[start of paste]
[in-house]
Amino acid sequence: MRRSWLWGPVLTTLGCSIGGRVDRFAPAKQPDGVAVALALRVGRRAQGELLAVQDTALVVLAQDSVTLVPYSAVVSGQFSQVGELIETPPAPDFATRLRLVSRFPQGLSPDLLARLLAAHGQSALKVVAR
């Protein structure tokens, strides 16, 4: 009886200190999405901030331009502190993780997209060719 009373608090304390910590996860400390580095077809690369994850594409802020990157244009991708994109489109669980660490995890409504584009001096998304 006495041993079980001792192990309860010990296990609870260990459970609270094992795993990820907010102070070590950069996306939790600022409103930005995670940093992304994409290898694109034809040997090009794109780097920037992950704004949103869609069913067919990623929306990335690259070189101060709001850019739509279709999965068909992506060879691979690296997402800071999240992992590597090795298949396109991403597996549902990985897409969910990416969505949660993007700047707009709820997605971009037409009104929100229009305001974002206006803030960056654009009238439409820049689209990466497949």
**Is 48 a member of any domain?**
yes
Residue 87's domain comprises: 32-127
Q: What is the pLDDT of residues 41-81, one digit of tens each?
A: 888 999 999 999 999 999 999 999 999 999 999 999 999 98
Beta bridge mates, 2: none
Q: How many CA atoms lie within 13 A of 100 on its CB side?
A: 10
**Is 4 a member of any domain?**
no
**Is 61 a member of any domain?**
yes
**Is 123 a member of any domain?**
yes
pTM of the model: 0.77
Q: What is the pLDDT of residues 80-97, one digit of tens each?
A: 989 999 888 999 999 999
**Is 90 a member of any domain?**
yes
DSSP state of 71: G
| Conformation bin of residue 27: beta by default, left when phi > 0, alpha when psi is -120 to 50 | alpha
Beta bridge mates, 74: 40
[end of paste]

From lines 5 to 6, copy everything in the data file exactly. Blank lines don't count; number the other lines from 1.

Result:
yes
Residue 87's domain comprises: 32-127